Home Shopping Win

I’m going to share a little tip with you.

If you do grocery shopping with Sainsbury’s online, you get money off your first order as a new customer (up to £20.00). This is great.

What’s even better is that Sainsbury’s don’t appear to check your delivery address to see if you really are a new customer.

Instead, it seems that they go by your email address.

Most people have at least two email addresses; usually one of these is acquired after signing up with Apple or you ISP but I’d guess that not many people would have more than 3 email addresses.

This means that you can sign up as a new Sainsbury’s customer 3 times and receive money off your online shop 3 times, potentially saving up to £60.00.

Awesome, right?

Imagine having your own domain name. With a domain name, you can set up as many email addresses as you like.

Imagine you’re me. Imagine how much money I’ve saved on my online shopping orders with Sainsbury’s.

To simplify things, I create email addresses in a very simple format; “sainburys” with a number afterwards, @ninjahedgehog.co.uk.

This system has done me well for the last few months and I’ve not had any problems. Sainsbury’s deliver on time, never have to substitute items and their produce has decent shelf lives (not like ASDA).

This week, some premium beef burgers were missing from my delivery. I do like my burgers, so I was incredibly disappointed. I pointed this out to the delivery driver, who apologised but said I’d need to call Sainsbury’s directly. Not a problem.

I rang Sainsbury’s and got through to a very helpful man. He asked for my order number, which I duly gave him. Next, he asked me to confirm my name.


How the fuck am I supposed to remember which name I’d used for my latest Sainsbury’s identity??

img_6031-1.jpgNames used in the past have included Isaac Hunt, Dan Gleebles, Mike Oxbigg and Amin Deepshih- I could have used anything.

I stalled for time by repeating the question I’d been asked, making myself sound like an idiot. As I stalled, I frantically scanned the printed order form which had arrived with my shopping for my name, silently fist-pumping the air in triumph when I found it at the top of the page.

“Will Chair”, I proudly confimed.

Success- I passed the test! I’d found out the pretend name I’d used for my order as a new customer and I’d confirmed it back to Sainsbury’s as if it really was my own. Win.

It seems that I’d been premature in my celebration, as I was caught off-guard when I was asked to confirm my email address to complete the security check.


That’s ok though- my name was on the printed order form so it stood to reason that my email address would be on there too.

Clearly, Sainsbury’s don’t use reason so I had to search for the email confirmation on my phone, whilst mumbling something about not remembering which email address I may have used.

After some ridiculous and obvious stalling (this was now becoming embarrassing), I found the email confirmation but immediately wished I hadn’t. How was I supposed to tell the man on the phone that my email address was sainsburys13@ninjahedgehog.co.uk?

Thinking rationally, the man on the phone already knew my email address and just needed me to confirm it for security. It wasn’t like I could pretend I’d used any email address other than sainsburys13@ninjahedgehog.co.uk because this was on their records. There was no escaping the harsh reality that I’d used this email address.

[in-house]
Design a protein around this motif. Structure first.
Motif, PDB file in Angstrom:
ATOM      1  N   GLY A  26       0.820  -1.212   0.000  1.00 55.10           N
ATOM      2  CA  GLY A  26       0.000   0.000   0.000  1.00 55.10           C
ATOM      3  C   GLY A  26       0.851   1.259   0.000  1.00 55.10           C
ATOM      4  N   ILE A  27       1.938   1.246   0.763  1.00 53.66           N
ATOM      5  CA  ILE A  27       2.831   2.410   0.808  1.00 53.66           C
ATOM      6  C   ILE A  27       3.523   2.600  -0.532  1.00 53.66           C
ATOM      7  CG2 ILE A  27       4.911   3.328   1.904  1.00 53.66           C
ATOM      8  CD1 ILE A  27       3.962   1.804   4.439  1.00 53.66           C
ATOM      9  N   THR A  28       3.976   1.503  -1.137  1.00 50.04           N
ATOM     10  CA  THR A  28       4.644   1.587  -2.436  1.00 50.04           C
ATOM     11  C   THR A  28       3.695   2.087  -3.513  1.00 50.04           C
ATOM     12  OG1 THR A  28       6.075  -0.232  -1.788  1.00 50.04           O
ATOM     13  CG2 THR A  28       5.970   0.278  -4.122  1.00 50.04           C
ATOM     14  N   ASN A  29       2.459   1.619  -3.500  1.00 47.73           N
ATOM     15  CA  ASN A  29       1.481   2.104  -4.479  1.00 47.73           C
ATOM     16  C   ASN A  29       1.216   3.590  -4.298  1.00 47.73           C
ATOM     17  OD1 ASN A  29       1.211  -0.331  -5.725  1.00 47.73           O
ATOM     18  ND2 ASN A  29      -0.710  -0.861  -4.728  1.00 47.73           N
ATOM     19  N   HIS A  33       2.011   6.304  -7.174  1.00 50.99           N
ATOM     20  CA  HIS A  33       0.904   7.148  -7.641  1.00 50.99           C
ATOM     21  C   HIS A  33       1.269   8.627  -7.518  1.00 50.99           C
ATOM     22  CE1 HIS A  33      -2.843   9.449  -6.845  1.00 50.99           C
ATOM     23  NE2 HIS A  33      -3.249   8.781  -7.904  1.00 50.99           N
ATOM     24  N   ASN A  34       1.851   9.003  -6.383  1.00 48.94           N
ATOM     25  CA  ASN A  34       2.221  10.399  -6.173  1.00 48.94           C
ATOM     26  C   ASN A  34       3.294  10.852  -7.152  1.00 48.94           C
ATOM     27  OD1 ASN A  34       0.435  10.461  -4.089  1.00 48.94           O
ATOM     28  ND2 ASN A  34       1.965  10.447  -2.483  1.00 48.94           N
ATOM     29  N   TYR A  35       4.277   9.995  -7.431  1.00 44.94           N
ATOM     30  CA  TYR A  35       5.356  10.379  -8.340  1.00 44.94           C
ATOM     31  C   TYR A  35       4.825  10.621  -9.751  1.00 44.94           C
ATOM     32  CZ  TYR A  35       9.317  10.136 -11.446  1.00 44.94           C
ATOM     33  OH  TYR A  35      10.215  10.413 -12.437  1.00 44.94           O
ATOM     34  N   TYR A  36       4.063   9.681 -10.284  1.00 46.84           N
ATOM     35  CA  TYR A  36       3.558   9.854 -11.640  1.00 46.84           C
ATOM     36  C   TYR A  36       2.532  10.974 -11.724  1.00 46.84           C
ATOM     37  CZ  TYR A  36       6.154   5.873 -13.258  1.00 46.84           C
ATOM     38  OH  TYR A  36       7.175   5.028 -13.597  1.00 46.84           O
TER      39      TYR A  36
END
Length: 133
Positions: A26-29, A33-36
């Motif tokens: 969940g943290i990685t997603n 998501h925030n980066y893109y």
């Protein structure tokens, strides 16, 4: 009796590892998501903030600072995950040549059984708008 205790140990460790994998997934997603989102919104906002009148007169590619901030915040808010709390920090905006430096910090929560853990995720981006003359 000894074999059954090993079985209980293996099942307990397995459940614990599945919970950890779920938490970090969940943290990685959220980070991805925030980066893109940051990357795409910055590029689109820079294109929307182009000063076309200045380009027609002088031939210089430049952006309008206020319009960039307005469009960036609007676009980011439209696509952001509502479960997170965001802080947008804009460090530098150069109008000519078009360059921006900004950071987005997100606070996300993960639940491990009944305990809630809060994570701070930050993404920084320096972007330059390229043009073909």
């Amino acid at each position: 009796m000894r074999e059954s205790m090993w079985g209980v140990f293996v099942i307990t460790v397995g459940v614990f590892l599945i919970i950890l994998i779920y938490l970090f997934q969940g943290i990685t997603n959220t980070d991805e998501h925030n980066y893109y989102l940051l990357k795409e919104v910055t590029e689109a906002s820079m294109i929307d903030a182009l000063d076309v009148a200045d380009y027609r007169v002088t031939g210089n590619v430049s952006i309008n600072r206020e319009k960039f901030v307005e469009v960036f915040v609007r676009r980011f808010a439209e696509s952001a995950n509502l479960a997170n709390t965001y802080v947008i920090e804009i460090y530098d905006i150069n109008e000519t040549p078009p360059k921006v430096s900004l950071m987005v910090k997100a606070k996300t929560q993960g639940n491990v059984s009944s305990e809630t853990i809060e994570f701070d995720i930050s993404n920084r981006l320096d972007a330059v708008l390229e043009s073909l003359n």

Sainsbury’s knew this and I knew Sainsbury’s knew this. I was quite certain that Sainsbury’s knew that I knew they knew, so there was no avoiding this awkward and embarrassing moment.

“Will.chair16@hotmail.com”, I brazenly stated. I was convinced that if I squeezed my eyes shut really hard and said it with enough conviction, it would appear as that on the man’s computer screen.

The man on the phone awkwardly informed me that this wasn’t the right email address, so I feigned shock and surprise before lying and saying I couldn’t remember which email address I’d used.

I was willing him not to suggest I check my emails for the confirmation. This raw will and the excessive sweating appears to have worked, as he gave up and just accepted that I was indeed Will Chair.

He asked me how I’d like Sainsbury’s to resolve the issue of the missing burgers. Before ringing Sainsbury’s, I’d assumed that the only option was to refund me, so I was a little surprised at the question. Ideally, I’d like the burgers which I’d ordered and paid for delivered to me and when I suggested as much, the man on the phone sounded surprised because he was obviously assuming I’d ask for a refund (why ask me the question??). Credit where it’s due, he placed me on hold to check deliveries in my area and came back to say that this could be arranged, but that they couldn’t guarantee it because of other orders and delivery routes.

I opted for the refund and just to be cheeky, I asked if I would get anything extra for the inconvenience of having no burgers. My cheekiness paid off, because the man on the phone agreed an additional… 50p.

I wasn’t going to quibble because of the amount I’ve saved as a new customer on numerous occasions, but I think the game is up. I’m pretty certain that the man on the phone was suspicious of something or had found out that there’s 13 separate people, each with a comedy name, living at my address.

To confirm my suspicions of being found out, I received my refund as an e-code by email to use on my next online shop, which I will no doubt have to pay the full price for.

It was good while it lasted.

How many times have you been a new customer to get money off your online shop?

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